Rat bite fever is a serious infectious disease in people caused by the bacteria Streptobacillus moniliformis. People become infected either by coming into contact with a rodent carrying the bacteria or through consumption of water or food that has been contaminated with rodent droppings or urine. While any person who comes into contact with the bacteria is at risk of developing the disease, children under 5 years of age, adults over 65 years of age, and immunocompromised people are at higher risk.
A rat that sneezes a lot, has more tears than normal or has crusty eyes, or has a audible wheeze or crackle, is showing signs of a respiratory infection.
Respiratory infections in rats are often caused by viruses. Many times the viruses are harbored in older rats that aren’t showing any outward signs of infection yet they are still capable of infecting younger rats. This is one reason why it is important to avoid mixing rats of different ages and different origins together.
Rats are prone to a variety of lumps and bumps beneath their skin. Many times these lumps and bumps are due abscesses, infections that accumulate pus beneath the skin. Sometimes the masses are enlarged lymph nodes. In older rats, typically 18 months or older, tumors are more common as the cause of lumps and bumps. The tumors may be benign ones such as adenomas or lipomas, or they may be more serious ones classified as adenocarcinomas. Most tumors are readily removed at a small size and many of them do not return if the surgery was able to completely remove the growth. If you see a bum
If you decide to get a female rat as a pet in the future, it is very important to have it spayed when it is around 3 to 4 months of age. This eliminates the chance of ovarian disease and greatly reduces the chance of other reproductive diseases. This also greatly reduces the chance of a rat developing a mammary tumor develop as she ages. It is one of the most important things you can do to extend her life.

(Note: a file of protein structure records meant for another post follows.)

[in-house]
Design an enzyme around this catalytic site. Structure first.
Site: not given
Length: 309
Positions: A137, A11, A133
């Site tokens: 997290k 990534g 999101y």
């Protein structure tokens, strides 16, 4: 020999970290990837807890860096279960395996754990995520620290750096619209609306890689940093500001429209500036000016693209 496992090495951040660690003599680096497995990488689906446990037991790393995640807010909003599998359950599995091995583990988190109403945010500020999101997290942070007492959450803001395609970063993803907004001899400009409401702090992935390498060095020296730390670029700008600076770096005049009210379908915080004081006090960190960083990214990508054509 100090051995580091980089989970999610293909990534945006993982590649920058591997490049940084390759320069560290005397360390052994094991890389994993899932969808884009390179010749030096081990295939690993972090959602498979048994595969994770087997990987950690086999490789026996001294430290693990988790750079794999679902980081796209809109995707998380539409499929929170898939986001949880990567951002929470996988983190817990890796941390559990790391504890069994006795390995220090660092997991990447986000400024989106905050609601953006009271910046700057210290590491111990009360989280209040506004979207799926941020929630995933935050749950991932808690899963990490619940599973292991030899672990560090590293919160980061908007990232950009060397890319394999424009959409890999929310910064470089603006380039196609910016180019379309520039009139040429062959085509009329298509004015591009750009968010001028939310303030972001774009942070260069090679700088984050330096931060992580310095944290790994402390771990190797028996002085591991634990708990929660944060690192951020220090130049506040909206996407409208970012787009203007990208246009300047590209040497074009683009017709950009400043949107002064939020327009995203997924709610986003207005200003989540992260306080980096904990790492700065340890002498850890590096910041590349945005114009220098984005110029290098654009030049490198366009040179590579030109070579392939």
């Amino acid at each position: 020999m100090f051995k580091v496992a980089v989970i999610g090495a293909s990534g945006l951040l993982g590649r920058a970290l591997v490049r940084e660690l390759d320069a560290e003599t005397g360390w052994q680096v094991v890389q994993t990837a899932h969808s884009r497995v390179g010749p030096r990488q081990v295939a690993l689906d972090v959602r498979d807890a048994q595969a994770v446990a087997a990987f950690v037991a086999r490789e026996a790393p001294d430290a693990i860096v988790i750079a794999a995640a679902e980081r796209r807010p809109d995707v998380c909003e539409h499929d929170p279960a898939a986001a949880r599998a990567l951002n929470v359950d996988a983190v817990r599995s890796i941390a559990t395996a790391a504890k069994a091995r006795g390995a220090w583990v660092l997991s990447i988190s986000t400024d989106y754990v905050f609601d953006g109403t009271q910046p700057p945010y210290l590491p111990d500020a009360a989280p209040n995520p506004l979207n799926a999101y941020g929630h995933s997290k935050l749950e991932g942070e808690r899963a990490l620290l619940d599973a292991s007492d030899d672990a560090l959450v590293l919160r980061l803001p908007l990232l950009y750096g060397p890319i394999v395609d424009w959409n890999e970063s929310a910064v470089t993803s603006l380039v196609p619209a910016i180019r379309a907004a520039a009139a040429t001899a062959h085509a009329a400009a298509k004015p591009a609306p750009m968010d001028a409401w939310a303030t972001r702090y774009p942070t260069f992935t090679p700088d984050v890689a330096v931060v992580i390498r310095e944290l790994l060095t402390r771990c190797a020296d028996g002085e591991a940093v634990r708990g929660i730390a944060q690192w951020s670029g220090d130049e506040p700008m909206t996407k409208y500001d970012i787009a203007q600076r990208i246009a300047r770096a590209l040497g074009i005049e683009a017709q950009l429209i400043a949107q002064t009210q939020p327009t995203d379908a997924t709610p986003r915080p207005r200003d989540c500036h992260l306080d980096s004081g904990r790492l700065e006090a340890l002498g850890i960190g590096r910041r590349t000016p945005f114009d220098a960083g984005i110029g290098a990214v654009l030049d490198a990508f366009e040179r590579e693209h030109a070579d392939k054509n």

Below are some pictures from spay surgeries on rats, some of which were performed due to a medical problem.
Rodents such as rats, hamsters, gerbils, and mice are chewers and gnawers. In the wild, these rodents feed on hard-shelled nuts, tough grasses, leaves, and bark that wear down their front teeth (incisors) and cheek teeth (premolars and molars). As a result, rodents have teeth that grown continuously to replace the portion that wears away with chewing.
Pets may be sent home with liquid medications. An oral liquid medication must be given by mouth to be effective. An injectable liquid medication must be given by injection beneath the skin to be useful. Some injectable medications require that the medication is inserted into the muscle to be most effective. It is important that you understand how to read the syringes that are sent home so your pet gets the proper amount of medication at each dose.
All exotic pets, even ones that appear to be outwardly healthy, have the potential to carry and spread contagious diseases that can impact the health of people. This sort of disease is called a "zoonosis", "zoonotic disease", or "zoonotic infection".